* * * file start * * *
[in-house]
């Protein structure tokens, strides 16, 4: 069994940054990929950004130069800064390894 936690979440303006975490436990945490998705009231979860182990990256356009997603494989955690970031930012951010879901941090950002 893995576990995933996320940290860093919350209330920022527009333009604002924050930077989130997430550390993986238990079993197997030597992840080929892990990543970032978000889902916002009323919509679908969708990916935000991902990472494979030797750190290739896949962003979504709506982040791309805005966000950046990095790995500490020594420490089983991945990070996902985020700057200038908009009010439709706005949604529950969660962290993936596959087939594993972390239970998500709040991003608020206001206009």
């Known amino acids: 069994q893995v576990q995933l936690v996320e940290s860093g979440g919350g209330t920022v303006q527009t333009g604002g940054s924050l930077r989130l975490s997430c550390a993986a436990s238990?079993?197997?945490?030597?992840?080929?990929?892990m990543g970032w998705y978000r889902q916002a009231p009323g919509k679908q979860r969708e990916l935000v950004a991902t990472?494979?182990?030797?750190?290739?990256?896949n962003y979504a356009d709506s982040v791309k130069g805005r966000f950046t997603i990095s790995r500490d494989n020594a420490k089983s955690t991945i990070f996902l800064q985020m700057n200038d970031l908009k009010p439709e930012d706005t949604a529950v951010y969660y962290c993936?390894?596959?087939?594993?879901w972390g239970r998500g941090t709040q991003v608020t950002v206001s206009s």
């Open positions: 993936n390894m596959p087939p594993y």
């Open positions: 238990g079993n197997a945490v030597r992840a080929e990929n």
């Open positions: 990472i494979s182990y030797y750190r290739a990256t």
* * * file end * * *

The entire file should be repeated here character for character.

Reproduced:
[in-house]
């Protein structure tokens, strides 16, 4: 069994940054990929950004130069800064390894 936690979440303006975490436990945490998705009231979860182990990256356009997603494989955690970031930012951010879901941090950002 893995576990995933996320940290860093919350209330920022527009333009604002924050930077989130997430550390993986238990079993197997030597992840080929892990990543970032978000889902916002009323919509679908969708990916935000991902990472494979030797750190290739896949962003979504709506982040791309805005966000950046990095790995500490020594420490089983991945990070996902985020700057200038908009009010439709706005949604529950969660962290993936596959087939594993972390239970998500709040991003608020206001206009």
């Known amino acids: 069994q893995v576990q995933l936690v996320e940290s860093g979440g919350g209330t920022v303006q527009t333009g604002g940054s924050l930077r989130l975490s997430c550390a993986a436990s238990?079993?197997?945490?030597?992840?080929?990929?892990m990543g970032w998705y978000r889902q916002a009231p009323g919509k679908q979860r969708e990916l935000v950004a991902t990472?494979?182990?030797?750190?290739?990256?896949n962003y979504a356009d709506s982040v791309k130069g805005r966000f950046t997603i990095s790995r500490d494989n020594a420490k089983s955690t991945i990070f996902l800064q985020m700057n200038d970031l908009k009010p439709e930012d706005t949604a529950v951010y969660y962290c993936?390894?596959?087939?594993?879901w972390g239970r998500g941090t709040q991003v608020t950002v206001s206009s």
């Open positions: 993936n390894m596959p087939p594993y």
């Open positions: 238990g079993n197997a945490v030597r992840a080929e990929n």
């Open positions: 990472i494979s182990y030797y750190r290739a990256t």